Thursday, August 28, 2014

Zoe vs. the Bechdel Test

You may have heard of the Bechdel Test. It's a pop-culture phenomenon that measures gender bias in film, TV, etc. It's named after Alison Bechdel, who in her 1985 comic strip Dykes to Watch Out For featured a character who said she'd only go to movies that had three elements: 1) at least two women in it, 2) who talk to each other, 3) about something besides a man.
Many movies fail this test because, if I may channel my inner Nathan Detroit: Broadly speaking, there ain't enough broads.
There are movies, of course, where applying the Bechdel test would be silly, such as Saving Private Ryan. Movies featuring World War II battle scenes would obviously involve a dearth of women. Or a movie like Gravity, where there's a dearth of earth itself. (Sorry but this juxtaposition was unlikely to be available to me again.)
However, there are other movies that fail which really make you wonder, for example, Avatar or Cloudy with a Chance of Meatballs. The latter is especially disturbing since it's specifically aimed at kids. Some of whom are girls! Girls like Zoe! Who may herself be sexist! But is it nature or nurture?!

Fails Bechdel test because Tammy is instructing
Midge on how best to shoot her husband.

If a camera followed Zoe around all day at school, the film that resulted would almost certainly fail the Bechdel test. Since Zoe learned to speak, she's been telling me about the boys in her class. When I ask who her friends are, ten out of ten times she gives me a boy's name. When there's a new boy in her class, the next day he is her best friend. There are girls in her class, but I don't think Zoe interacts with them. If I ask about a girl, she'll maybe acknowledge her, but only if pressed, much like a Hollywood producer.
As for her likes and dislikes, right now her favorite cartoon is Paw Patrol. This show fails the Canine Bechdel test. Six rescue pups and only one is female. When Zoe plays pretend, she is never Skye (the female). Often she claims to be Ryder, the human male in charge of the pups.
When I first watched the show with Zoe, my main issue related to anthropomorphism. I wasn't sure if the humans were understanding the pups. Episodes underwent repeated viewings, a la Sixth Sense, to gauge whether people were responding directly to what one of the pups said. Once I was satisfied on that score (they do understand them), I moved on to the sexism.

Not quite.

There are two main human female characters---Farmer Yumi and Mayor Goodway (note the position of power, undercut by the fact she calls upon a boy and his puppies to help her in any and every emergency)---and they do interact, but I think these two could easily be male without losing anything. Then again, three-dimensional cartoon characters are sort of oxymoronic.
This past weekend when Zoe and I went swimming, we played Paw Patrol. I pretended to be caught in a whirlpool and called Paw Patrol for help. Zoe pretended she was Zuma, the male chocolate Lab. Each time I called for aid, Zoe would turn from her pretend computer display, run around the pool, and then walk carefully down the stairs in her water wings saying, "Zuma to the wrecks you [rescue]."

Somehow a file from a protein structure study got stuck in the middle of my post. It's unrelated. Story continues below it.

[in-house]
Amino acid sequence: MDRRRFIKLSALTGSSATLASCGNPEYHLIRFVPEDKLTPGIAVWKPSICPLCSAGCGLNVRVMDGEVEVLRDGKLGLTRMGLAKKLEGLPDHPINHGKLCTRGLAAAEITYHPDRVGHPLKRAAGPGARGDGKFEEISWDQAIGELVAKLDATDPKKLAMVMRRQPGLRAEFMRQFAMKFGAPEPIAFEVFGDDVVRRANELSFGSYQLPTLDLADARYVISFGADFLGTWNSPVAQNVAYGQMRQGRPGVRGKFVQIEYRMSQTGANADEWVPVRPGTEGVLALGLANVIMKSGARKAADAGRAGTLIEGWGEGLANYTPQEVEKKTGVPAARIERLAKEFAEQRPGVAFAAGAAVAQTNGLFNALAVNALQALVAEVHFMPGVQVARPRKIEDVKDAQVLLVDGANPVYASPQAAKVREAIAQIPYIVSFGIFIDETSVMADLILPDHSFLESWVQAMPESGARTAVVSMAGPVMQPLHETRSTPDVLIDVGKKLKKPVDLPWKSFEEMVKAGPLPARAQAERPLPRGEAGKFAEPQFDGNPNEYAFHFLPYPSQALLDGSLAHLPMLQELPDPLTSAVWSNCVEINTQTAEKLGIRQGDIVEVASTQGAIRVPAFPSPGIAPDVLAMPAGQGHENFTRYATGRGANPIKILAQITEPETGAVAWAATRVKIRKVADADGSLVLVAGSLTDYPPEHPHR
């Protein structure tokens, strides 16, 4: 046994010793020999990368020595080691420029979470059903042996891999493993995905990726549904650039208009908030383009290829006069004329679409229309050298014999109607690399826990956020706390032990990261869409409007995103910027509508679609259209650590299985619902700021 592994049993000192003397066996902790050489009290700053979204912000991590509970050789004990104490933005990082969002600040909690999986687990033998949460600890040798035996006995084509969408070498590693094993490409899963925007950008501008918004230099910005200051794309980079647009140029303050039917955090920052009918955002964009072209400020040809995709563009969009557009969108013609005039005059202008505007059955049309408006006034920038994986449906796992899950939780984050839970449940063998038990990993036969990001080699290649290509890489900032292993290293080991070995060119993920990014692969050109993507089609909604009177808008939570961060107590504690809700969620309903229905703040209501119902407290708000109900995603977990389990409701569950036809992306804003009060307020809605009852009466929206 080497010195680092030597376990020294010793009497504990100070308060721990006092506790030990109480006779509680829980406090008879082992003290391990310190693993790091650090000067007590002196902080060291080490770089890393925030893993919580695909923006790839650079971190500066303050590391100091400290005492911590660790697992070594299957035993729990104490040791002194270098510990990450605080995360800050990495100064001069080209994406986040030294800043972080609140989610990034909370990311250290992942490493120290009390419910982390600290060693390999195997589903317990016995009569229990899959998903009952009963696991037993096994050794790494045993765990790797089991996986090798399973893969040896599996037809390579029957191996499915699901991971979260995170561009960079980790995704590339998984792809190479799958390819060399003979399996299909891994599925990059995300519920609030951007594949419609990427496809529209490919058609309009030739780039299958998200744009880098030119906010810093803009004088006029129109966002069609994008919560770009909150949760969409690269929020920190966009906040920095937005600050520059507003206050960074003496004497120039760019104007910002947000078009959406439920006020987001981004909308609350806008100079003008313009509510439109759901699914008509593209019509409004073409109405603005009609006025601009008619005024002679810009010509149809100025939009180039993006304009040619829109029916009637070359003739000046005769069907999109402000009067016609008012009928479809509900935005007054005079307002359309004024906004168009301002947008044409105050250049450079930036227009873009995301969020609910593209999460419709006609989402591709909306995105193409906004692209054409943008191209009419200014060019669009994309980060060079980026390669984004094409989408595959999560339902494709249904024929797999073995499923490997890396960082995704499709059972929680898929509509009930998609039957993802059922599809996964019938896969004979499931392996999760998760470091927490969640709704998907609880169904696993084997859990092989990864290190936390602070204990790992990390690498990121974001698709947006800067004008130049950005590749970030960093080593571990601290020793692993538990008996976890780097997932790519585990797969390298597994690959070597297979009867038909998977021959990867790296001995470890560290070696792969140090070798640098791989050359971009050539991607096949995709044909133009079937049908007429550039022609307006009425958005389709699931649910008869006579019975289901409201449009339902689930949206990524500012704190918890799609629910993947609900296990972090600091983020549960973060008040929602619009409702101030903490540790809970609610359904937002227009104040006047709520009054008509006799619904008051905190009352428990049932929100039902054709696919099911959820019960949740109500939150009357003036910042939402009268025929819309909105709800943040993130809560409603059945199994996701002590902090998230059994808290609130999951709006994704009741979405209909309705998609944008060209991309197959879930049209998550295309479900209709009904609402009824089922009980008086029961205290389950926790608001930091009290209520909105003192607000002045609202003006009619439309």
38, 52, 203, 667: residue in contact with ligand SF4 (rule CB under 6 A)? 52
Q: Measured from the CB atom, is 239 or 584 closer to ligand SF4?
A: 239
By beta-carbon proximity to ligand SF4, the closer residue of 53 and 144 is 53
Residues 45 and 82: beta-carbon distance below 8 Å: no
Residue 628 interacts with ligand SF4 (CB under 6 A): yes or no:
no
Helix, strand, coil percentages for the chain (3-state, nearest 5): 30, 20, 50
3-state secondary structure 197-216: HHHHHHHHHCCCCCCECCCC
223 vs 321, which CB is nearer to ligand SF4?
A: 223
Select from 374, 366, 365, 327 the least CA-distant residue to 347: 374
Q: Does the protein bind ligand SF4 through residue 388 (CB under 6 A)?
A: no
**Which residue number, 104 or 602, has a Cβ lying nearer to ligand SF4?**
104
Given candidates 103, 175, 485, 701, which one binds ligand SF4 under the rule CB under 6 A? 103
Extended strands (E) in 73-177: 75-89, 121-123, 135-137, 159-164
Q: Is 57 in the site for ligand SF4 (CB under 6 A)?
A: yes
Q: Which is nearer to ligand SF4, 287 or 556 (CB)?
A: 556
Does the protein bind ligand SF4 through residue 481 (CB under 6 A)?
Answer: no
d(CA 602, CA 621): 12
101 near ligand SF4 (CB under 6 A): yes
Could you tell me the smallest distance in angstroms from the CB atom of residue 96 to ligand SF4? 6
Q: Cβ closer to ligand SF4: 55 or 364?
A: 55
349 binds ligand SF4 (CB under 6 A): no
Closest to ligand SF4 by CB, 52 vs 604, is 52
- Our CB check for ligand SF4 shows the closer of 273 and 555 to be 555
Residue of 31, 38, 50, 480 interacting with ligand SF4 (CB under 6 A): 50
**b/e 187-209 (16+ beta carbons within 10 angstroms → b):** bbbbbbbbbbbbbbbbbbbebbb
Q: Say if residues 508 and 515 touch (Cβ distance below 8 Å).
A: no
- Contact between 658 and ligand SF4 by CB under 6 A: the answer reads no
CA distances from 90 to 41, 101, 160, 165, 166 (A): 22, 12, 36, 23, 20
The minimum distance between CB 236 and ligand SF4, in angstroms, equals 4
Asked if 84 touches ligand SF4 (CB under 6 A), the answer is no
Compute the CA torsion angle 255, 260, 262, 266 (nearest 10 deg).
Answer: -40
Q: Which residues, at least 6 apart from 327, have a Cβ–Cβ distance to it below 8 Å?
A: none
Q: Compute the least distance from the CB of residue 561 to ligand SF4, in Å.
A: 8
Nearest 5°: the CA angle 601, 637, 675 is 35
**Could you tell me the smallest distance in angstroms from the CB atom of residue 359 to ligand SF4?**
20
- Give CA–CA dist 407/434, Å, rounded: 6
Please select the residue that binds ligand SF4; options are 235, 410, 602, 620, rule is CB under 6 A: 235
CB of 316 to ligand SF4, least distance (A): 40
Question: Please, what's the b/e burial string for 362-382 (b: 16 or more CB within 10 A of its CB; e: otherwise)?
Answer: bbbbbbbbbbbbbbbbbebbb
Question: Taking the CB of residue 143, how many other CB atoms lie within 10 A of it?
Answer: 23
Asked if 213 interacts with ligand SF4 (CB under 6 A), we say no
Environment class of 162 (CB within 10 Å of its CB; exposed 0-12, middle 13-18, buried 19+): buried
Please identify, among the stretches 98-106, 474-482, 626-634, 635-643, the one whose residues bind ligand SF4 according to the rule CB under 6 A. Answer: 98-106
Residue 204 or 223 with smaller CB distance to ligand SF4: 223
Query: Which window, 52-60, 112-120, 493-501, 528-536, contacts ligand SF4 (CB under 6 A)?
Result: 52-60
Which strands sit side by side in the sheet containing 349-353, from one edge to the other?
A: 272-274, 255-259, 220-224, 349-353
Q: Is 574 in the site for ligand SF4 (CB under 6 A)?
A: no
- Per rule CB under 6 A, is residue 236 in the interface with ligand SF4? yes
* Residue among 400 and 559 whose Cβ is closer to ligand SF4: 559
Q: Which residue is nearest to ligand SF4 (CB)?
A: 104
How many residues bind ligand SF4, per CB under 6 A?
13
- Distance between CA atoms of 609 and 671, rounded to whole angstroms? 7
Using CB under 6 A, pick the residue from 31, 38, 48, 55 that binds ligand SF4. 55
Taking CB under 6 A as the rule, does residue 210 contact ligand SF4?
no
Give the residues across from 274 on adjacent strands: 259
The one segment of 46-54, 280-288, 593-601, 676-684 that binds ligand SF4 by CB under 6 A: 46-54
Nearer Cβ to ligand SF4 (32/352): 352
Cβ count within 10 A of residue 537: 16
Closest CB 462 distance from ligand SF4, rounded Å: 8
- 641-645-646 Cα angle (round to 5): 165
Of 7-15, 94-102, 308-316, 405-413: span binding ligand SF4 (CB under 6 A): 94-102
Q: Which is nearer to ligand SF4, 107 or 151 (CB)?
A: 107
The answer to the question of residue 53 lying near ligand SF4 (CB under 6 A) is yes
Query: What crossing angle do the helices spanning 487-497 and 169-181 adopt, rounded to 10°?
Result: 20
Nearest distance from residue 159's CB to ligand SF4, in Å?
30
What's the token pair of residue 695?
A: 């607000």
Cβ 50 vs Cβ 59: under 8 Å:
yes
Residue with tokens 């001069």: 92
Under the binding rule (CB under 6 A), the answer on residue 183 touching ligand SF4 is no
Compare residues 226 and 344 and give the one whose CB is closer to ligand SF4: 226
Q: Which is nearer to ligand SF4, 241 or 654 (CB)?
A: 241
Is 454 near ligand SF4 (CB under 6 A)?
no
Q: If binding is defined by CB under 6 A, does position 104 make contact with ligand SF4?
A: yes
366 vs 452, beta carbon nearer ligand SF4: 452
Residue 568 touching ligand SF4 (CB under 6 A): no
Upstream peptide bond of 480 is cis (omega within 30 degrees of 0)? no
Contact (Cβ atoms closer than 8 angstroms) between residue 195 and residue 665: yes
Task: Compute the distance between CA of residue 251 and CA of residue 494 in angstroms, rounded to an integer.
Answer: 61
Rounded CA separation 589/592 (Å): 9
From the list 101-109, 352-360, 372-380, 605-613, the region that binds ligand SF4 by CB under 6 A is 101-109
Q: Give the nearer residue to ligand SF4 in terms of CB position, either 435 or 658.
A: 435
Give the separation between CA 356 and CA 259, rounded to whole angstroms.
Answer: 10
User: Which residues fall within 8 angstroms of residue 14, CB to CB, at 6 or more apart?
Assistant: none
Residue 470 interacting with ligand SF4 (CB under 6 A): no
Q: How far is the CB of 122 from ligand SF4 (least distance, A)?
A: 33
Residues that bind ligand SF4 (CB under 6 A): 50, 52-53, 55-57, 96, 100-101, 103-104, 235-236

After a few rounds I specifically called for Skye to come with her helicopter, but Zoe insisted on being Zuma. Occasionally, maybe, Ryder. I fretted inwardly, which at least lended verisimilitude to my outward displays of distress as Zoe tugged me to safety over and over again.

A broad, abroad

Later I Googled Paw Patrol. Nick Jr.'s description of Skye didn't do much to alleviate my concerns. "Skye tries everything with a back flip, grace, and a smile." Hmmm. Not how one would describe a male hero like, say, Thor. 
Then I scrolled down to read about Zuma. That's when I learned he is specifically the "water rescue" dog. Had I been so blinded by the sociopolitical landscape of Paw Patrol that I had overlooked individual character traits?
So maybe Zoe's not sexist. She's just accurate. Thus the limits of the Bechdel test.
However, while on the Nick Jr. site I also noted that all the pups are pure breeds except for one, Rocky, the recycling dog. Allow that to marinate for a bit. Rest assured I will be writing a strongly worded letter to Nick Jr.
Zoe: 58; Universe: 0

6 comments :

  1. Awesome babe. Especially love the picture captions on this one.

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  2. Elizabeth CatalanoAugust 28, 2014 at 5:11 PM

    Thanks!

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  3. The way the introduction led to your discussion of Zoe was genius, and SO so so hilarious! I love that she wants to be Ryder and your observation on how the mayor relies on a boy with his pups for all matters in need of resolution. I wouldn't be surprised if the mayor of Toronto does the same. This was brilliant, Liz.

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  4. Elizabeth CatalanoAugust 31, 2014 at 7:33 AM

    Thanks, Katia! Just to prove me wrong, the day after I posted this she decided she's obsessed with My Little Pony! A girlie show, Bronies notwithstanding.

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  5. Excellent observations. Good to know a fellow cartoon deconstructionist.
    My daughter wanted to be Michael Jackson for a while, but then shifted to the Olsen Twins / Michelle from Full House. I'm undecided as to which is healthier.

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  6. Thank you! Wow, didn't she need a hyperbaric chamber (much like Michael Jackson, I think) to make that switch? If there's some kind of connection between Jackson and the Olsen twins, it's probably best unexamined.

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